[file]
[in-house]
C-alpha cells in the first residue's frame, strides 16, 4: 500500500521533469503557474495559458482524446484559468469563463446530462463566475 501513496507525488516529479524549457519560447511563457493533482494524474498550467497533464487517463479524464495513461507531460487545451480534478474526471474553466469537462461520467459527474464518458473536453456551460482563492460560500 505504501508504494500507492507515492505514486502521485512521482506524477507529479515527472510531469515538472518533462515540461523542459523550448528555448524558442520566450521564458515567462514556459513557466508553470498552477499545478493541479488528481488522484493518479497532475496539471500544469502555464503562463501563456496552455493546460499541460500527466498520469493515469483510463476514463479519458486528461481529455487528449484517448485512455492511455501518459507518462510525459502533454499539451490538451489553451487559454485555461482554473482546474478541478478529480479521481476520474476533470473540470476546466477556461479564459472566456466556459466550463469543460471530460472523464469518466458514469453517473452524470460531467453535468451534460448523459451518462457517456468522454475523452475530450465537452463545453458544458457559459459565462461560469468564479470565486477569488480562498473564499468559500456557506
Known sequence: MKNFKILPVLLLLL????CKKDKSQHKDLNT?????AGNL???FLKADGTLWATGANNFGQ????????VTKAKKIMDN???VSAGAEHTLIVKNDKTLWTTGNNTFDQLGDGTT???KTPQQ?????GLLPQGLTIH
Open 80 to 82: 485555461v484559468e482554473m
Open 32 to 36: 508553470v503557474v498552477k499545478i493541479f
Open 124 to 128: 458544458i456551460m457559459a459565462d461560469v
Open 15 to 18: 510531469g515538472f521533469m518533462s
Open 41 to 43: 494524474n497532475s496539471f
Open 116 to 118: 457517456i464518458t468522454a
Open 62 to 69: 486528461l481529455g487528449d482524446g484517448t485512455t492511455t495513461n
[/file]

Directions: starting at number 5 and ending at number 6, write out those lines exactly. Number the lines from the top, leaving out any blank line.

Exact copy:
Open 32 to 36: 508553470v503557474v498552477k499545478i493541479f
Open 124 to 128: 458544458i456551460m457559459a459565462d461560469v